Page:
December 29, 2006 - Stuart, Florida
Although we've visited places of great beauty and historical interest, the best part of this cruise has been the welcome we've received from genuinely nice folks like Barbara and Bruce. Randall and Jo Ann Blackwood in Huntsville, Shirley and David Pleace in Beaufort, Godwin and Sylvia Jones on the Chesapeake, Lewis and Kim Adler in New Jersey, and of course Rhonda and Janet in Rhode Island are just some of the people who, perhaps against their better judgment, gave us free reign of their homes, vehicles, and lives while we visited. And of course there were many others (I'm leaving out family members, not because they don't count, but because I'm starting to feel like I'm making a speech at the Academy Awards).
Leaving the dock or a good anchorage is always hard for me. As much as I enjoy the adventure of new places, there's comfort in staying put in a known, safe environment. As we venture back out into the world of actual cruising--or at least as close to that as this crew gets--I suspect we'll remember the kindness that people have shown us as the very best part of our continuing adventures.
Photos: (1) Bruce and Barbara on the left, Curt and Teri to right. (2) Several of us, including Karen shown here, enjoyed a great sunset cruise on Icarus, Curt's beautiful Beneteau 36.
December 31, 2006 - Lake Worth (Palm Beach), Florida
The run down the ICW from the St. Lucie inlet, along Jupiter Island, was a pretty one, with mangroves lining the channel. We were tempted to join the dozen boats anchored at Peck Lake and walk over to the beach, but pressed on. The Jupiter inlet provided some entertainment as we went aground twice trying to get past it (we simply needed to swing wide around the red nun at the intersection). After racing to get through a series of bridges, we arrived at Lake Worth near Palm Beach. We'd planned to anchor near Peanut Island, but decided to go into the Lake Worth anchorage instead.
For the first time in many months, we launched the Marlin, the Walker Bay 8 that we carry on the foredeck. I'd lost the dagger board off Mayaguana but fashioned a plywood replacement while in Mississippi, and it worked fine as Laura and I sailed around the anchorage. We had read that the town might try to collect a fee for anchoring, but there's been no sign of it so far. Perhaps we're still just on edge after the reception we received in Ft. Pierce, but seeing canals and inlets along the ICW roped off with "private property" signs (a practice of dubious legality) made us wonder how welcome cruising boats are along this part of the coast.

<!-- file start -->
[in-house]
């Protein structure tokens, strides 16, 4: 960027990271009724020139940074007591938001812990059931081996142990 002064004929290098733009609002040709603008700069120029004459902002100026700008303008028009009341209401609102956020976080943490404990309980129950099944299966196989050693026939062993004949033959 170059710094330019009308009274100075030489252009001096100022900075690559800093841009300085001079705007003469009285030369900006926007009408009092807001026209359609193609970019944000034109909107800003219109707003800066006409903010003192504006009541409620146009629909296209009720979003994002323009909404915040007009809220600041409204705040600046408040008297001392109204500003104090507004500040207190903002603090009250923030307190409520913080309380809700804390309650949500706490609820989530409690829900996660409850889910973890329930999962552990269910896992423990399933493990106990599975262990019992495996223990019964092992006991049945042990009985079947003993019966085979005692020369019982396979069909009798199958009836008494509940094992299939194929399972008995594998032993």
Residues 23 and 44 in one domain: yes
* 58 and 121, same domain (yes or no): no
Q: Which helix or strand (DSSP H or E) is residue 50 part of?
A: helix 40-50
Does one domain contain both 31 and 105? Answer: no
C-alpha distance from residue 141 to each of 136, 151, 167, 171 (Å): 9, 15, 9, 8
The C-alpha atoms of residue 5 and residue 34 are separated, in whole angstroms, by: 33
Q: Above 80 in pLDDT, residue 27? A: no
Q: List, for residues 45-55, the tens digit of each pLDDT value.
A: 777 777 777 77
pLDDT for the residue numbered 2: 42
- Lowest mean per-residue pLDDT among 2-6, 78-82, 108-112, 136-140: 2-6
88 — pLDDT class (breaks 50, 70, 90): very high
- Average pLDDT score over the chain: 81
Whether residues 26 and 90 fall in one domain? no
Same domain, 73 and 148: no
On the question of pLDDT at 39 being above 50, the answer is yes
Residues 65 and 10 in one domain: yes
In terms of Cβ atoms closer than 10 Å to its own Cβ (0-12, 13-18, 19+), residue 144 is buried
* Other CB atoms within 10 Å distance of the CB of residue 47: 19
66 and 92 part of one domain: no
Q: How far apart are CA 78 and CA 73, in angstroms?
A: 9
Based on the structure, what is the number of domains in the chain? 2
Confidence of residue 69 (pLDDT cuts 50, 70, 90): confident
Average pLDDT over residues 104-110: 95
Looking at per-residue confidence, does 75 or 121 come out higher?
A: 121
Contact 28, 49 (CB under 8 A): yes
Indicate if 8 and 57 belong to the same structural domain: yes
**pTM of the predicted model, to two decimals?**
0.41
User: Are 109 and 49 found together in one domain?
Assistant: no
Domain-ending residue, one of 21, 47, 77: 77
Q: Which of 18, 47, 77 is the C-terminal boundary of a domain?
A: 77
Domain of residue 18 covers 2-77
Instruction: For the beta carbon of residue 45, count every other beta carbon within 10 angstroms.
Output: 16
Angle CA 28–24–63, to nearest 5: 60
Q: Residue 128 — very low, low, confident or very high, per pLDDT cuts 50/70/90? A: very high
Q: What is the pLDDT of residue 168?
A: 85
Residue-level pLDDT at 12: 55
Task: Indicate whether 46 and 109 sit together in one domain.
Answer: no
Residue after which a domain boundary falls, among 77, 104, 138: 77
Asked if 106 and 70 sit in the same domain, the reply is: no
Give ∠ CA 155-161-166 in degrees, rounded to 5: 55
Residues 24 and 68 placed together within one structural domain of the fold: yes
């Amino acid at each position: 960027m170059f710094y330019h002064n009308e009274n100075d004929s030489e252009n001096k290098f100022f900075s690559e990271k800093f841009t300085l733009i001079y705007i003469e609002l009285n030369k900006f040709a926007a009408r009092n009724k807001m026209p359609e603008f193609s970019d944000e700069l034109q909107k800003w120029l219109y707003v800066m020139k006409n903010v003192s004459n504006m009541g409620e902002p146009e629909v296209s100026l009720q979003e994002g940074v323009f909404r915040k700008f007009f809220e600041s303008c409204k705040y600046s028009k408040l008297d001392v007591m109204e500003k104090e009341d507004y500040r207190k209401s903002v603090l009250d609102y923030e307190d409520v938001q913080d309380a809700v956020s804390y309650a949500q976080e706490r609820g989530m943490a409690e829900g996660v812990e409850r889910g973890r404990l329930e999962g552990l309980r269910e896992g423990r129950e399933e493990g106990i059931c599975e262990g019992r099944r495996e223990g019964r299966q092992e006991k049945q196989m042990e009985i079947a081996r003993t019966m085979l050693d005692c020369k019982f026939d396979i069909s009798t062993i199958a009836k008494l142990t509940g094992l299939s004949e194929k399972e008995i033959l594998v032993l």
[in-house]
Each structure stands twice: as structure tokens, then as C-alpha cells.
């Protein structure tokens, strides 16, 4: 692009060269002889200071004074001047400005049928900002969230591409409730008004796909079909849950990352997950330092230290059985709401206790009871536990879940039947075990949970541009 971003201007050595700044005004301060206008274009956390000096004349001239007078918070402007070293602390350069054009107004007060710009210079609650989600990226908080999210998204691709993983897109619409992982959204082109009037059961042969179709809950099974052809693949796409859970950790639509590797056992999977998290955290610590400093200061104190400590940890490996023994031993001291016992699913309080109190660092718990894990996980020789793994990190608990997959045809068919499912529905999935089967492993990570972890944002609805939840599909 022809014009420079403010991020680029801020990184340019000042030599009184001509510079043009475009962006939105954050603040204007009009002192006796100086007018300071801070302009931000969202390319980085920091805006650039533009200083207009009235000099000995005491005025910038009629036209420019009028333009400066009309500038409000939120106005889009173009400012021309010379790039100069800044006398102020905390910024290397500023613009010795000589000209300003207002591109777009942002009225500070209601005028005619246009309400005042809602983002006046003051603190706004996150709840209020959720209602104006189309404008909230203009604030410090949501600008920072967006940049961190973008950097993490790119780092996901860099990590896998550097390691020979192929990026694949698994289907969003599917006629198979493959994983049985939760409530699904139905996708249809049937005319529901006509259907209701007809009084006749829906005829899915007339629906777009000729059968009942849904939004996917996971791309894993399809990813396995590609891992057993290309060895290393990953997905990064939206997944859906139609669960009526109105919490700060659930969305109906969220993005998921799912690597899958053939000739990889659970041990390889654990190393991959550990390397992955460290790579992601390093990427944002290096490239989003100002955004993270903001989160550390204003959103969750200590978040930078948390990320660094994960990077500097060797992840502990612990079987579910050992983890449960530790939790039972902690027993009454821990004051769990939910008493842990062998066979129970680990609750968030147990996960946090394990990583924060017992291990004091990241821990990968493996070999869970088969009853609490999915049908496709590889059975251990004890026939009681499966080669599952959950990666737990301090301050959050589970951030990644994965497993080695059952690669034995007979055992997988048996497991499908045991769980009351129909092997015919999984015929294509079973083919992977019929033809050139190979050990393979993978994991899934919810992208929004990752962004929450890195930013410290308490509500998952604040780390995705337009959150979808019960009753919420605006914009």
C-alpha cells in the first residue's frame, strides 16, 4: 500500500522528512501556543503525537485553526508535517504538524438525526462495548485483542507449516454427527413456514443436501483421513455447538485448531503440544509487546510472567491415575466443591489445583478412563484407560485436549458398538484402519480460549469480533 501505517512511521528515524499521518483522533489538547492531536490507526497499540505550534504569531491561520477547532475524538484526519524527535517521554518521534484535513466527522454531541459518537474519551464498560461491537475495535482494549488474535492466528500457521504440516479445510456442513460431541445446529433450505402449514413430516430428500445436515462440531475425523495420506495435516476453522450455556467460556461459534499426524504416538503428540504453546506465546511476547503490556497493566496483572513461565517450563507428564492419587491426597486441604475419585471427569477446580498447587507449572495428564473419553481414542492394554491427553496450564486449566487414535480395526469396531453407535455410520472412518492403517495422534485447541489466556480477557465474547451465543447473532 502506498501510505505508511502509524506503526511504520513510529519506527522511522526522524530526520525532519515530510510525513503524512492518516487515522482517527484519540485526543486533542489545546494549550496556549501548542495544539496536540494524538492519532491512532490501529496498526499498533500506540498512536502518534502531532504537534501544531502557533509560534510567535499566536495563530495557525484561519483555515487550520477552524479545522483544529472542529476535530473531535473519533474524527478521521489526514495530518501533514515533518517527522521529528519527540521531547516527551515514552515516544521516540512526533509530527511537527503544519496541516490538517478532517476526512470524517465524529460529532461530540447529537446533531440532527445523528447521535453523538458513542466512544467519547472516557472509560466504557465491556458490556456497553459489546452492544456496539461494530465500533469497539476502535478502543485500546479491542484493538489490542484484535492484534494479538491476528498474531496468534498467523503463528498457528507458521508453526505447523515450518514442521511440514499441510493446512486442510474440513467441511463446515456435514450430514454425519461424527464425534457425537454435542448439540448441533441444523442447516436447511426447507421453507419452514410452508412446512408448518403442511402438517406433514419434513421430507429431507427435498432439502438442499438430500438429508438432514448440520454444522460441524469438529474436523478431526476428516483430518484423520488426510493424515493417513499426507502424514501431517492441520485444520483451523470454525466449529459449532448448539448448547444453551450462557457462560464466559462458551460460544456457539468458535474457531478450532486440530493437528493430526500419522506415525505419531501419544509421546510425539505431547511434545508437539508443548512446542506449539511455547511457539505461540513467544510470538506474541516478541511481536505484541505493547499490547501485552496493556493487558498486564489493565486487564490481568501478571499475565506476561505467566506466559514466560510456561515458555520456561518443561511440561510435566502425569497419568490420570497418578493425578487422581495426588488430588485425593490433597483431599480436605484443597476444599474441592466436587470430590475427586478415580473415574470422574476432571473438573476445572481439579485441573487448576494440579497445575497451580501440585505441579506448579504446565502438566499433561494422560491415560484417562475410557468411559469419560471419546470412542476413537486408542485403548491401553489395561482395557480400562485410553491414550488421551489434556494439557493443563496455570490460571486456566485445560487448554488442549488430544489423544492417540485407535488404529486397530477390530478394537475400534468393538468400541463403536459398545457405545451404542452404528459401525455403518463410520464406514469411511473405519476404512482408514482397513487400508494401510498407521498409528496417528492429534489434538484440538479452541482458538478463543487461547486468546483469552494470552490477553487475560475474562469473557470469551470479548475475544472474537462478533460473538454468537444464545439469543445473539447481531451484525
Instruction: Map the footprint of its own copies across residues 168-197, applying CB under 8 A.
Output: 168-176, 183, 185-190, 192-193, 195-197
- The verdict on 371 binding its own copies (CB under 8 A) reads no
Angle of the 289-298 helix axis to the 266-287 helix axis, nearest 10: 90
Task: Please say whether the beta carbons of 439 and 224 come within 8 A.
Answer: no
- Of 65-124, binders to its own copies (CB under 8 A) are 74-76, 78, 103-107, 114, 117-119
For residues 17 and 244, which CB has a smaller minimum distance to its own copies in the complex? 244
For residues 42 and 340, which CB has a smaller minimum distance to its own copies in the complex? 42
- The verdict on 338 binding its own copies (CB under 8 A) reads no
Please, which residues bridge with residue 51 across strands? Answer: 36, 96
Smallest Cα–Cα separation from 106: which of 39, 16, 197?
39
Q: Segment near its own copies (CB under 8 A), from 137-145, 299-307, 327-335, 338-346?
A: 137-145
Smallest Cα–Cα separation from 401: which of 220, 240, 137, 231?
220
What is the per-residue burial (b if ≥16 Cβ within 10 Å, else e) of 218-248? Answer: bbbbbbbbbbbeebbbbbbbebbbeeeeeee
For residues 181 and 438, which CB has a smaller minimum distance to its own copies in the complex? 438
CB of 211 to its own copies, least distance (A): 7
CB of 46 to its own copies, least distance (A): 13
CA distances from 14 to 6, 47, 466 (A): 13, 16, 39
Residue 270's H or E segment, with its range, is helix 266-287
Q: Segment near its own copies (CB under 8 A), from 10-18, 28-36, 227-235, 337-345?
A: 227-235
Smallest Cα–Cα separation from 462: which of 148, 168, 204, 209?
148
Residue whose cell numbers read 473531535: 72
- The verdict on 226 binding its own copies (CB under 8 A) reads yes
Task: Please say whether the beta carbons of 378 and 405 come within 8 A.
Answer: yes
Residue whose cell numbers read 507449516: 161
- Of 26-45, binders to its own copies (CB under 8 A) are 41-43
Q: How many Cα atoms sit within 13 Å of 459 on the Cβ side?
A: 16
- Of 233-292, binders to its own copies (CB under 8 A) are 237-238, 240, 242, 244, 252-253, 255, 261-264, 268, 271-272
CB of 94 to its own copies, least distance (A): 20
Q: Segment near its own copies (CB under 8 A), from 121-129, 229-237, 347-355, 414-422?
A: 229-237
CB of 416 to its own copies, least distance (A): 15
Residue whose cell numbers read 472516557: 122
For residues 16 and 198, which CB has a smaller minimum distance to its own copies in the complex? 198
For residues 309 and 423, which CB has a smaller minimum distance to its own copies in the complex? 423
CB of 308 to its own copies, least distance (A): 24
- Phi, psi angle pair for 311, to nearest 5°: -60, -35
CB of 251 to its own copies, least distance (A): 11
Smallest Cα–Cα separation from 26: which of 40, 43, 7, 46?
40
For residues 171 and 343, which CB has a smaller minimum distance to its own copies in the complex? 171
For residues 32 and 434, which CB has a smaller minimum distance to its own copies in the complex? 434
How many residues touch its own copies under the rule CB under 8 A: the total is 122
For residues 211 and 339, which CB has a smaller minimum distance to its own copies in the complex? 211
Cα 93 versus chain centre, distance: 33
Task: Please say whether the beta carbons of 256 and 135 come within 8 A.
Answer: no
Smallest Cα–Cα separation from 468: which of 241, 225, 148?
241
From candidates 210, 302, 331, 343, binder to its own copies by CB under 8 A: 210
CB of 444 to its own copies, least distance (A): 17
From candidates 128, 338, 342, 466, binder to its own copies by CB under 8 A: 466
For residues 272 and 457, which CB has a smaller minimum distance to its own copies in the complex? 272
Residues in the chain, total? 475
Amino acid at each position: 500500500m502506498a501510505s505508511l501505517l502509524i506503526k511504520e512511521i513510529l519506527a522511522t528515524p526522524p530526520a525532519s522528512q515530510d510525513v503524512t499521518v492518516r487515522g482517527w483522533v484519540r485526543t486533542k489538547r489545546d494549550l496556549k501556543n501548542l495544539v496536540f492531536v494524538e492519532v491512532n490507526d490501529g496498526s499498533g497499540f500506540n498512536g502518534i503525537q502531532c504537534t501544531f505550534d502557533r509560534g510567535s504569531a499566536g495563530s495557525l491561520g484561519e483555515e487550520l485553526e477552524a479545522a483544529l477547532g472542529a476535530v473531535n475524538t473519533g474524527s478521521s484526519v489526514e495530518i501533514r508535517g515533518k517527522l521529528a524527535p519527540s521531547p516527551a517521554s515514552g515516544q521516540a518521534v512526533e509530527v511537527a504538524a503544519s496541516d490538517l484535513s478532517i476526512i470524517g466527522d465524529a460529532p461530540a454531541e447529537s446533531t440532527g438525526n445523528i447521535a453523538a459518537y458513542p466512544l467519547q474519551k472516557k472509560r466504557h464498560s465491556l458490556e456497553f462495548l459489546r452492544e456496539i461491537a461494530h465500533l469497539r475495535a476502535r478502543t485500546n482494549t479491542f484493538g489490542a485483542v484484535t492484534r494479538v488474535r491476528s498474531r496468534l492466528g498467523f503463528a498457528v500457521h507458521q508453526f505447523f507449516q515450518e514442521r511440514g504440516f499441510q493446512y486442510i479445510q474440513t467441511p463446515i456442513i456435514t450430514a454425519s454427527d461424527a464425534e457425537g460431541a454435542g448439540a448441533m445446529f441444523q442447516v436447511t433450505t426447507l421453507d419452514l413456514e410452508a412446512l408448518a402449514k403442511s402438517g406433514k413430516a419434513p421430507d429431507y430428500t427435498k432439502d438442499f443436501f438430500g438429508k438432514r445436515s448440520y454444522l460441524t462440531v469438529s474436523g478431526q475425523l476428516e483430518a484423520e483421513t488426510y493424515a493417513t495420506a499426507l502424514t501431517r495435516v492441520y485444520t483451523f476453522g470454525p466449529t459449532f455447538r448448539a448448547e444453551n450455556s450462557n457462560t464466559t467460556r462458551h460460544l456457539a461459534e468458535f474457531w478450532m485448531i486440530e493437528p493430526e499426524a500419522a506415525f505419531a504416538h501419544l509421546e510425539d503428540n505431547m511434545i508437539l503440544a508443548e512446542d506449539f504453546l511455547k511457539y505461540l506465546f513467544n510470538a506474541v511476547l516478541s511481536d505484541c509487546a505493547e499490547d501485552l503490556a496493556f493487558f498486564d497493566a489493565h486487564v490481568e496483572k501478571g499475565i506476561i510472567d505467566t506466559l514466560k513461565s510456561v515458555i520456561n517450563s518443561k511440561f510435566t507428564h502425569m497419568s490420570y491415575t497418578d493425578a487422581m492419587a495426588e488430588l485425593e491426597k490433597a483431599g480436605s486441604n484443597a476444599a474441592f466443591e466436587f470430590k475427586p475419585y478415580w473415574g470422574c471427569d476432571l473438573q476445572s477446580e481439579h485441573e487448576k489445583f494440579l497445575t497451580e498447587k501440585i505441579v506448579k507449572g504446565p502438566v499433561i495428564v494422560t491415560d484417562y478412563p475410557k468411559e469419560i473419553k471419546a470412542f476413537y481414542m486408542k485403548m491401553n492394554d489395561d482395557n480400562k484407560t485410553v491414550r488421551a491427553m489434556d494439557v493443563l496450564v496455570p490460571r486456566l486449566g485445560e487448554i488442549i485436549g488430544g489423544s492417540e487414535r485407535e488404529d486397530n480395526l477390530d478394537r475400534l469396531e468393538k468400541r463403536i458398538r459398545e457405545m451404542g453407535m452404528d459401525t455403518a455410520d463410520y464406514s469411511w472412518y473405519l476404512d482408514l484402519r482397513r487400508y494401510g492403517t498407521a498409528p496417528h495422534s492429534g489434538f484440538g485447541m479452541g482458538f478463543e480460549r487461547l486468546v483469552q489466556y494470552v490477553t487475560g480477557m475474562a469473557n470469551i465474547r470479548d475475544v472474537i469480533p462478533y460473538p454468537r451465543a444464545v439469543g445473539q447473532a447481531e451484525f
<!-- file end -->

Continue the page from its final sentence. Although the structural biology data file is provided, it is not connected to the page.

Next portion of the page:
We will probably stay in this area until the seas along the coast are settled for a trip towards Miami. Just for fun I started counting the bridges between here and Miami on the ICW, but I lost track somewhere in the thirties.
Photos: (1) The dinghy dock in Lake Worth is this beach, with posts and cables for locking your dinghy. It's just a short walk from here to shopping and restaurants. (2) After months of stalking, we finally cornered a wild Tofurkey at Publix. Gourmet, meatless, and delicious--serves and delights four! They also had Presidente beer on sale here. It was the best Publix ever!
January 2, 2007 - Singer Island (Palm Beach), Florida
We spent most of today cleaning up on the boat, then went back to the playground where Laura played for a couple of hours. Annie and I talked about our plans. In an exciting new development, we have decided to try to return to Exumas in the Bahamas rather than just hanging around Florida for the next three months. The islands are just a couple of days away and it seems only in keeping with the logic of our cruise that we should go back now when we have the chance. As my friend Jim Bowman likes to say, tomorrow is guaranteed to no one. There's lots to do to get ready: massive provisioning, reactivate the satellite phone, get our latest Coast Guard documentation mailed to us, develop a strategy for the crossing. Our plan is still to be back in Tennessee by June, but this gives us something exciting to do in the meantime.
Photo: Laura and friends on the playground at Phil Foster Park.
January 3, 2007 - Ft. Lauderdale, Florida
Last night we were concerned about how we could possibly get the necessary tasks done to make us self-sufficient for a couple of months in the islands. We Americans are used to jumping into the car and zooming over to BigboxMart whenever we discover we lack the smallest item. There are no Walmarts in the Bahamas (this may be one of the reasons people like to go there) so one must plan ahead. We needed to do some major provisioning, but how? It looked like we were headed for an expensive night in a marina plus cab fare, but David Hurd came to our rescue. David, who we met in Newport thanks to Janet and Rhonda, has a condo in Ft. Lauderdale and managed to create enough dock space for us there, while providing transportation to the store and bank. Meanwhile, our friend Shirley in Chattanooga was making much-needed bank deposits and mailing our Coast Guard documentation to us.